Making London age-friendly

A conference organised by London Met and Positive Aging in London (PAIL) provided a forum for discussion of issues affecting older Londoners.

Date: 09 March 2020

Students from the Health and Social Care degree programme worked together with London Met’s Work-Based Learning team and Positive Ageing in London (PAIL) to host a conference focused on Making London Age-Friendly on Friday 6 March. The students planned and co-ordinated the event as part of the work-based learning scheme which forms part of their degree.

PAIL is London’s regional age forum that brings together individual older people (50+) with local age-concern organisations from both the voluntary and statutory sectors across the city. It aims to give a voice to older Londoners, and to provide an opportunity to discuss and agree on issues that are affecting older Londoners.

London is preparing to join the World Health Organisation’s (WHO) Age-Friendly City network, which means the Greater London Authority (GLA) is set to determine a programme which will make the city more accessible and inclusive for people of all ages.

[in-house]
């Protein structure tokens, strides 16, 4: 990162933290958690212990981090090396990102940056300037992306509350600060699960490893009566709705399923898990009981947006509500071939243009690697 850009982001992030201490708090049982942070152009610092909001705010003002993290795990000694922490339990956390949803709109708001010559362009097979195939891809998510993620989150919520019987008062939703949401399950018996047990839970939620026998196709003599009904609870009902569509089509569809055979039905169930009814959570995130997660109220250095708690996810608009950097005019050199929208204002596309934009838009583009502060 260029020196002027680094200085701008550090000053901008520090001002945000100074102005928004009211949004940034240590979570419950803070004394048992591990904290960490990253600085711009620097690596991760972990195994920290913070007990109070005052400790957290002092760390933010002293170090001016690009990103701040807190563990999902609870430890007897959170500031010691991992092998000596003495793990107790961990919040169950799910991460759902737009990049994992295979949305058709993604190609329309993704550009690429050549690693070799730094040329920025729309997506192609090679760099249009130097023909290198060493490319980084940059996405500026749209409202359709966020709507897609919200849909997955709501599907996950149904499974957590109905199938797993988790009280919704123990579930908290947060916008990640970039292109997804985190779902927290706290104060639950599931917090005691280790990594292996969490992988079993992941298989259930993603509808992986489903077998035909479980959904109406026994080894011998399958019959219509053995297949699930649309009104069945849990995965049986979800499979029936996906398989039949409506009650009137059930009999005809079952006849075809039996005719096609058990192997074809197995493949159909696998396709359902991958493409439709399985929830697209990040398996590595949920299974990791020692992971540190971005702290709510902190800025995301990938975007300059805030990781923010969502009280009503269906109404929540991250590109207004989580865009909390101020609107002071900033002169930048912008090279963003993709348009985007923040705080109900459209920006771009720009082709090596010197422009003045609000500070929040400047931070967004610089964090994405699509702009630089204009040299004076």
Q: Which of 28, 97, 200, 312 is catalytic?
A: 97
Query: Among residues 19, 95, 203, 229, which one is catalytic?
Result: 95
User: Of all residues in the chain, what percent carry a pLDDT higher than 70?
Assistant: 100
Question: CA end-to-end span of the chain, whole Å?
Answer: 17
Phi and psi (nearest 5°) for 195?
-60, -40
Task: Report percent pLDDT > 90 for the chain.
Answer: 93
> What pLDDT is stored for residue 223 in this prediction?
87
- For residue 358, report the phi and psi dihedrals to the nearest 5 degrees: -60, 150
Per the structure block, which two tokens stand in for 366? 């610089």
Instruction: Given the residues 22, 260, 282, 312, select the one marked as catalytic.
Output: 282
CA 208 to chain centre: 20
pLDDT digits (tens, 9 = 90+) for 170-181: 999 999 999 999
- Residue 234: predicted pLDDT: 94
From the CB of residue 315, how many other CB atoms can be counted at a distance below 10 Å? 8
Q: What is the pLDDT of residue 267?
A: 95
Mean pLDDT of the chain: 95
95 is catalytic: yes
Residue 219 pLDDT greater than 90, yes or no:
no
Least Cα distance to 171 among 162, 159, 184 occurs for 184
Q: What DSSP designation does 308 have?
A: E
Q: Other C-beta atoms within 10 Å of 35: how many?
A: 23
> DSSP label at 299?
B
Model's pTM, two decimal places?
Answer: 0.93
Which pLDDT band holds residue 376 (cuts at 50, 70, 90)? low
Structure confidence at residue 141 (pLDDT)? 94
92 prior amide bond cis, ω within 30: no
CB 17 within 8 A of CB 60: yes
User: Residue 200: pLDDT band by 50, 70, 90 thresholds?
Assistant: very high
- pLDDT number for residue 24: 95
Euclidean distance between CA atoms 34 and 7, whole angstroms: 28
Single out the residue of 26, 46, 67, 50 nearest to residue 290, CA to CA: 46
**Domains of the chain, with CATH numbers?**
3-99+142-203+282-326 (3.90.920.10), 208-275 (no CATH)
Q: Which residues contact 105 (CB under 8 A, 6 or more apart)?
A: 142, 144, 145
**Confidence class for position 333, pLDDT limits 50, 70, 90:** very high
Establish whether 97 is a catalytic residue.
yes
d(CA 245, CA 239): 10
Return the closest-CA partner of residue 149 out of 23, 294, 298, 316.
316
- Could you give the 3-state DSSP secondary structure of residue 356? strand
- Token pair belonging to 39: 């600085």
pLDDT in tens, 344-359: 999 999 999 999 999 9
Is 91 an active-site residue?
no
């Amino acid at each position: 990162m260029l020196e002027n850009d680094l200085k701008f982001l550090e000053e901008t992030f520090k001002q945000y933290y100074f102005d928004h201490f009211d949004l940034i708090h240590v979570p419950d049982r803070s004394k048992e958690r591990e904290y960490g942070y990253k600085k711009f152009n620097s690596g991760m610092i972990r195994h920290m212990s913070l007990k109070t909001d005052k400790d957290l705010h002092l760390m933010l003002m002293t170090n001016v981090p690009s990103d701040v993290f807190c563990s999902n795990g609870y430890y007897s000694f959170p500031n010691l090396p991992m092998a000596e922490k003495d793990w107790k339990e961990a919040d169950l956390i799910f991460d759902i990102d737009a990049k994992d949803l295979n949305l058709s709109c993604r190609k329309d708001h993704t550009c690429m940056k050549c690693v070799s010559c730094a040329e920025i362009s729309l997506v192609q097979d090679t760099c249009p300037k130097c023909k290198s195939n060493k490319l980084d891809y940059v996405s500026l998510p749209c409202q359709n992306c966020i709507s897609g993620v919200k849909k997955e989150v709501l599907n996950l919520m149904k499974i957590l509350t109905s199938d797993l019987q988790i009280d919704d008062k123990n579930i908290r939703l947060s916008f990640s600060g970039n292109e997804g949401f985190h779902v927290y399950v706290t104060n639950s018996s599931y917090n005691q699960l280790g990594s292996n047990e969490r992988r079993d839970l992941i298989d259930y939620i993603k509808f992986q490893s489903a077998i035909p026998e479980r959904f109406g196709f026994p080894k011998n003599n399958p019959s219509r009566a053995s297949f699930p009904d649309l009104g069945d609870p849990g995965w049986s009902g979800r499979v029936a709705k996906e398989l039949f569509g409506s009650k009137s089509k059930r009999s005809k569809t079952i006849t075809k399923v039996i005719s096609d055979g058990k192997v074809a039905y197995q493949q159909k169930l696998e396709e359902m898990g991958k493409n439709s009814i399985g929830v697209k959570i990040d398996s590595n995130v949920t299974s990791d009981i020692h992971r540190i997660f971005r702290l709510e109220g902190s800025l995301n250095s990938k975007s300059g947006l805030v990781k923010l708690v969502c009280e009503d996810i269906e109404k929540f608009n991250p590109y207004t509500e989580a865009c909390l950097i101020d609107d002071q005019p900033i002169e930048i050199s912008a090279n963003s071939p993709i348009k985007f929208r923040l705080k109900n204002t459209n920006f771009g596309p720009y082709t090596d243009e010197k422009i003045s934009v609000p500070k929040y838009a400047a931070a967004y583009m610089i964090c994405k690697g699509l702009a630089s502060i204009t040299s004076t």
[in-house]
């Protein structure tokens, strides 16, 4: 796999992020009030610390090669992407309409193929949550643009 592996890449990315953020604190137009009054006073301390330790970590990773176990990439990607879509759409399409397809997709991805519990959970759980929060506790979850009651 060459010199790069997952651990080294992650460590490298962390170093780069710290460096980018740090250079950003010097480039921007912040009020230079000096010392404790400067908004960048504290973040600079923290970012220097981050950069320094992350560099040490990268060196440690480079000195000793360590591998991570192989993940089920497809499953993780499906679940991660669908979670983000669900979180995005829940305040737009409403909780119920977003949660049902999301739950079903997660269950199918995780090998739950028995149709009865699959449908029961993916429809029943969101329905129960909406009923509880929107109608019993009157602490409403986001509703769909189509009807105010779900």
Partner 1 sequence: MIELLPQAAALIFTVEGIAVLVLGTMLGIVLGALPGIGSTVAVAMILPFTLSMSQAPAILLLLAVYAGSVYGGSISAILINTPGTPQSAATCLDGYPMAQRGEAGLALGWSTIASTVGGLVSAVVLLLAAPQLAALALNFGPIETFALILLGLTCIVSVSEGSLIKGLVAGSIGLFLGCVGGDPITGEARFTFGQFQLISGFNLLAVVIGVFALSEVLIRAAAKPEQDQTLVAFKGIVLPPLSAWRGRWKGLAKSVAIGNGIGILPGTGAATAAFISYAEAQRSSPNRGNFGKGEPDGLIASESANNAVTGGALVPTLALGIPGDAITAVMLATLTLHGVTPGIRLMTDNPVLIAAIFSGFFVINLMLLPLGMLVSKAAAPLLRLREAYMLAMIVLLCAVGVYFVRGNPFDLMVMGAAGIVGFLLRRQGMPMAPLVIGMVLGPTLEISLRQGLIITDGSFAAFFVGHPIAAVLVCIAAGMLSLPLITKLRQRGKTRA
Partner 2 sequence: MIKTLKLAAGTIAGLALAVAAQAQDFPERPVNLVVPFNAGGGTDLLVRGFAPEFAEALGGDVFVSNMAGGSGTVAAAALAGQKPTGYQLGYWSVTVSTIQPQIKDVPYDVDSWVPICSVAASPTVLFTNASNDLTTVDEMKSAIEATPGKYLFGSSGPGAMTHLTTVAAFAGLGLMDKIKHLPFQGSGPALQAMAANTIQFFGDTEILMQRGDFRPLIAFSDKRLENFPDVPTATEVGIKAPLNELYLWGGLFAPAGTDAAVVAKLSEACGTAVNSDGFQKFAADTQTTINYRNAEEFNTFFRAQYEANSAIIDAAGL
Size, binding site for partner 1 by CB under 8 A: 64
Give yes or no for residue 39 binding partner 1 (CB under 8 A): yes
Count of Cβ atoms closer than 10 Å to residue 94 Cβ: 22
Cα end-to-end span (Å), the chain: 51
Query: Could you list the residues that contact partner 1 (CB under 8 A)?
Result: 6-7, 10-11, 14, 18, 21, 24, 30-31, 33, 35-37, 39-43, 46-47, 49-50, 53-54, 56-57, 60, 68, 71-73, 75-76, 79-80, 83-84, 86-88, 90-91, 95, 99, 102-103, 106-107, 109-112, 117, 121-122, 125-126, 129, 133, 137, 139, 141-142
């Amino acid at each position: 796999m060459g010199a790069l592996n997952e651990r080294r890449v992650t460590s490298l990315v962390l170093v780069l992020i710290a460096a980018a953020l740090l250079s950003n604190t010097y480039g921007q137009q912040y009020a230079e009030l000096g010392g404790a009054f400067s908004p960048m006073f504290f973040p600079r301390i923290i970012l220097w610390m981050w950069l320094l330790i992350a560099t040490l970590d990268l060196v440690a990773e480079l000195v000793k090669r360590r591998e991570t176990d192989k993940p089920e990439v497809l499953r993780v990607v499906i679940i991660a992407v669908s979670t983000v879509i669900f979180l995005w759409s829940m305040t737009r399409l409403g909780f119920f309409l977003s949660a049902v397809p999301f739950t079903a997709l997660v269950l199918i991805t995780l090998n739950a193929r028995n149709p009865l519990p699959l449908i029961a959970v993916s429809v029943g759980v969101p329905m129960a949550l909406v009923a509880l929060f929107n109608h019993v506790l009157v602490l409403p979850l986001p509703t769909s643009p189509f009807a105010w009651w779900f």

The conference aims to give older Londoners a chance to agree on the proposals they want to see prioritised in the next Mayoral term, and to set out recommendations of how these could be practically implemented.

Chris Walsh, Chair of PAIL, said: "Making an age-friendly city means allowing older people to be at the heart of the process. They should be involved in the research, development, implementation and oversight processes in partnership with the GLA.  This is our time to make sure older Londoners’ voices are heard. We will be discussing all the aspects of making London age-friendly – including topics such as health and social care, housing, transport, communications (and digitalisation) employment and skills, local streets, and inclusion and involvement for all older Londoners.  We aim to help make sure that London is an openly accessible and inclusive city for people of all ages."

Elderly woman's hands